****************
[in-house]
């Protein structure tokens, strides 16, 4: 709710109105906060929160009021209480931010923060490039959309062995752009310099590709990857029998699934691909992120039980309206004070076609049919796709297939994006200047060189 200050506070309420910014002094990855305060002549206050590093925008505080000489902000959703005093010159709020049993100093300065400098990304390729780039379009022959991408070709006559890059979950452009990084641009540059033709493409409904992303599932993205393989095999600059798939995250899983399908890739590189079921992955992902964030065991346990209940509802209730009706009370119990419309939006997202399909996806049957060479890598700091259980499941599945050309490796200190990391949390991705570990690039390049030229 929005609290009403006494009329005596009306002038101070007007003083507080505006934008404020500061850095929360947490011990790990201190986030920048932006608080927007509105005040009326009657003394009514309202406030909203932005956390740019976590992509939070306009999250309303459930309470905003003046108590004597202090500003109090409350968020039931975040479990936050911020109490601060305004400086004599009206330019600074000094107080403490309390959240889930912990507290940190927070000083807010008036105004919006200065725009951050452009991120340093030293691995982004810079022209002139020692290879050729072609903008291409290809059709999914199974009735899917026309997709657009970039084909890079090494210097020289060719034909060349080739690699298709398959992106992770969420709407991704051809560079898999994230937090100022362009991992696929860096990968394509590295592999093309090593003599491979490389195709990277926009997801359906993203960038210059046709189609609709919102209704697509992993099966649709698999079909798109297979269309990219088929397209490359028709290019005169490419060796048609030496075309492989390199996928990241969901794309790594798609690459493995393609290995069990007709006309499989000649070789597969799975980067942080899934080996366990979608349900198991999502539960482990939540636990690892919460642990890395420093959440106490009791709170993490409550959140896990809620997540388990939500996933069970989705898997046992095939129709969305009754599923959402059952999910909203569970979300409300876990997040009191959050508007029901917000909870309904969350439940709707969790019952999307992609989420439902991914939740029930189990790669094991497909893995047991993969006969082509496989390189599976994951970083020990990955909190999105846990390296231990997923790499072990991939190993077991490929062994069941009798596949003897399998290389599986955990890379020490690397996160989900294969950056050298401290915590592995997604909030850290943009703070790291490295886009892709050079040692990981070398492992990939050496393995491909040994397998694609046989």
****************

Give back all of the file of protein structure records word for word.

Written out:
[in-house]
């Protein structure tokens, strides 16, 4: 709710109105906060929160009021209480931010923060490039959309062995752009310099590709990857029998699934691909992120039980309206004070076609049919796709297939994006200047060189 200050506070309420910014002094990855305060002549206050590093925008505080000489902000959703005093010159709020049993100093300065400098990304390729780039379009022959991408070709006559890059979950452009990084641009540059033709493409409904992303599932993205393989095999600059798939995250899983399908890739590189079921992955992902964030065991346990209940509802209730009706009370119990419309939006997202399909996806049957060479890598700091259980499941599945050309490796200190990391949390991705570990690039390049030229 929005609290009403006494009329005596009306002038101070007007003083507080505006934008404020500061850095929360947490011990790990201190986030920048932006608080927007509105005040009326009657003394009514309202406030909203932005956390740019976590992509939070306009999250309303459930309470905003003046108590004597202090500003109090409350968020039931975040479990936050911020109490601060305004400086004599009206330019600074000094107080403490309390959240889930912990507290940190927070000083807010008036105004919006200065725009951050452009991120340093030293691995982004810079022209002139020692290879050729072609903008291409290809059709999914199974009735899917026309997709657009970039084909890079090494210097020289060719034909060349080739690699298709398959992106992770969420709407991704051809560079898999994230937090100022362009991992696929860096990968394509590295592999093309090593003599491979490389195709990277926009997801359906993203960038210059046709189609609709919102209704697509992993099966649709698999079909798109297979269309990219088929397209490359028709290019005169490419060796048609030496075309492989390199996928990241969901794309790594798609690459493995393609290995069990007709006309499989000649070789597969799975980067942080899934080996366990979608349900198991999502539960482990939540636990690892919460642990890395420093959440106490009791709170993490409550959140896990809620997540388990939500996933069970989705898997046992095939129709969305009754599923959402059952999910909203569970979300409300876990997040009191959050508007029901917000909870309904969350439940709707969790019952999307992609989420439902991914939740029930189990790669094991497909893995047991993969006969082509496989390189599976994951970083020990990955909190999105846990390296231990997923790499072990991939190993077991490929062994069941009798596949003897399998290389599986955990890379020490690397996160989900294969950056050298401290915590592995997604909030850290943009703070790291490295886009892709050079040692990981070398492992990939050496393995491909040994397998694609046989």